Friday, September 1, 2017

Your Guide to Extreme Beers at the 2017 Great Canadian Beer Fest


Craft beer is an ever-changing beast. What was "extreme" or innovative one year may be commonplace the next. And in a year's time, a style that was barely on the radar (hello New England-style IPAs) can proliferate. So it's always with great anticipation I approach the Great Canadian Beer Festival—celebrating its 25th anniversary no less—to see what's new and what's cutting edge. Like a lot of craft beer diehards, I want to try something I've never had before.

That's why every year I comb through the listings of what beers will be poured to find what I think will be this year's cool, interesting brews that are worth shelling out a token for. This is one beer drinker's opinion and keep in mind I wrote the Brewtal Truth to Extreme Beers, so I definitely have my biases. I don't only drink extreme beers, but when I'm at a festival where a lot of breweries still mostly pour their core brands, I'm looking for something to challenge me.

So without further ado, here's my list of the extreme beers—something that goes a little bit (or a lot!) beyond the norm—to seek out at the 25th Great Canadian Beer Fest. And if you don't already have tickets, there are still some left, which you can order here.

(Congrats should also be given to Gerry Hieter who's been making this great gathering happen faithfully every year for a quarter century. Thanks for all you do for great beer in Victoria, Gerry.)

Captain Cooper's Tart Cranberry Ale
For the last few years I've complained about that fact that more brewers aren't using wild yeasts to brew their beer, but this year they are very much part of the mix. This "wild sour" was brewed with cranberries and should be a good one for slaking your thirst in the summer heat. 
713 Balsamic Stout (Cask) 
If someone offers you a "Balsamic Stout" you politely say "hell yes!" For this cask of their Oaked Stout, Faculty infused it with a balsamic reduction, which is just plain brilliant. 
Steinbier
Anytime any brewery brings a steinbier, I will recommend it. It's an obscure German lager style whereby hot chunks of granite are used to caramelize the wort in the brewing process. There's something primal and elementary about this that I'm personally fascinated by. Plus it tastes good, and this one is a collaboration with actual Germans at Freigeist Bierkultur.

Cherry High
Brettanomyces yeast and cherries are a killer combination. The funk and the fruit are a perfect pairing. For that reason alone, you should try this. 

Year V (Cask)
Moon's anniversary brew is, no exaggeration, my first stop every year, because it never fails to utterly impress. Year five's delight is a Citra dry-hopped Imperial wheat wine blended with barrels from last year's Year IV ale. Wow. Can't wait.  

Wild Saison
Approach with caution if you're a wild ale/brett newbie. This saison is 100% Brett C fermented so the funk will be strong in it. However, the addition of fruit puree in the secondary fermentation will no doubt tame that funk a bit. 

Pitch Black Chamomile Pilsener
Lucifudge (Friday Cask)
OK, the only thing more insane than a "Pitch Black Chamomile Pilsener" (I HAVE to know what that tastes like), is a cherry chocolate porter (sort of) named after a Danzig album. Hilarious!

Buenos Dias Gruit Ale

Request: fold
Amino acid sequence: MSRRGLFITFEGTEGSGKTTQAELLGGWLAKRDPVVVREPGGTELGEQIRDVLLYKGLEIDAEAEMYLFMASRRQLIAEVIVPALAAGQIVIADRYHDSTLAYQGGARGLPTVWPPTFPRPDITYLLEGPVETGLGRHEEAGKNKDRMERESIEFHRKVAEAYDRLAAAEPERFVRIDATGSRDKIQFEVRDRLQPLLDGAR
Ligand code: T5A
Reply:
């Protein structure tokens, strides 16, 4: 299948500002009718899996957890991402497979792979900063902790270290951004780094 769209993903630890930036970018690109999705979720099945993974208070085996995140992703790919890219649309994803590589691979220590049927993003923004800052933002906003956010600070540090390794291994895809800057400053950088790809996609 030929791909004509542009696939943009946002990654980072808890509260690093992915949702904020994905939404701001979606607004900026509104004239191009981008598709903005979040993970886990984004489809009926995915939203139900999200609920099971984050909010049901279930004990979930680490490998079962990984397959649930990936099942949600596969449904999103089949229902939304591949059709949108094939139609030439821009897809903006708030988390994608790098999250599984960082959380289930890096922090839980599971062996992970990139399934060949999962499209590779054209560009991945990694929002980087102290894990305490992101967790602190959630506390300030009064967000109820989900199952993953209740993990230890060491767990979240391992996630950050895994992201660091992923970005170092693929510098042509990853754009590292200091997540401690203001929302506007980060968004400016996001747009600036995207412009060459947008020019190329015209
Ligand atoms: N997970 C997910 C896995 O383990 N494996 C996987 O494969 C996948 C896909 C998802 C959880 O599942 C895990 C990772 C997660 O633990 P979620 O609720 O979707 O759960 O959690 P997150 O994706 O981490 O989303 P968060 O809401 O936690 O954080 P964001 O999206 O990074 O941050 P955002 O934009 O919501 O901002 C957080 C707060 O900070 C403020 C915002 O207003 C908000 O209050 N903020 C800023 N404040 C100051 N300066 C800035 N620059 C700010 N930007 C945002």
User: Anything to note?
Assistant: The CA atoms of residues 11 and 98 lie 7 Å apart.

When Beau's gets all crazy, you can rest assured it'll taste great. These Ontario vets are crafty and clever. This low-alcohol, hop-free ale is brewed with organic lime juice, orange and lime peel, and is accented with hit of sea salt to complete the Margarita reference.

Lusty Chocolate Oatmeal Stout
For those who love dark, malty brews, this oatmeal stout sounds like liquid love. It's brewed with specialty chocolate malts and cocoa and conditioned on locally roasted cocoa nibs. So much good in one beer. 

Field House X Brassneck - Wild Brett Wasp Ale
If you haven't had any previous versions, this is a must-try sour ale that was fermented with yeast harvested from a wasp's gut, and finished with brettanomyces. It gained additional character from airborne yeast exposure in a coolship (open-air fermenter) with elder flower and hops. Wow. 

And while you're at Field House, try everything else.

Bois Savauge
Townsite's Bois Sauvage wild, funky, barrel-aged brews are incredibly complex with notes of bright fruit, light funk and earthy wood. 

Éphémère Sureau
As a longtime fan of Unibroue's Éphémère series of light and effervescent fruit-flavoured wheat ales, I've gotta know what a version with elderflower and elderberries tastes like. 

Quadrennial
They had me at "four-year barrel aged." I implicitly trust Four Winds when it comes to barrel-aged brews, so I'm sure this dark American-style sour ale, conditioned on black currants, will absolutely slay. 

Framboise (cask)
Spinnakers has been hitting quite a groove recently with some beer/wine crossovers. Their version of a sour framboise was put in red wine barrels with fresh local raspberries and given a year to mature. Should be fruity, funky and earthy.

Lastly, don't miss The Drake Cask Tent, where several breweries who won't have their own tents this year will pour their brews.  

Adem Tepedelen is the Victoria-based author of the Brewtal Truth Guide to Extreme Beers: An All-Excess Pass to Brewing's Outer Limits. Autographed copies are available locally at Cook St. Liquor (230 Cook St).



2 comments:

Ian Lloyd said...

Great minds think alike. Looking forward to most of these same beers. Looking forward to our once a year visit

Brewtal Truth said...

Hahaha I purposely try to avoid reading yours in advance so I'm not unduly influenced. Yeah, I'm looking forward to our annual meet up. See you in a week.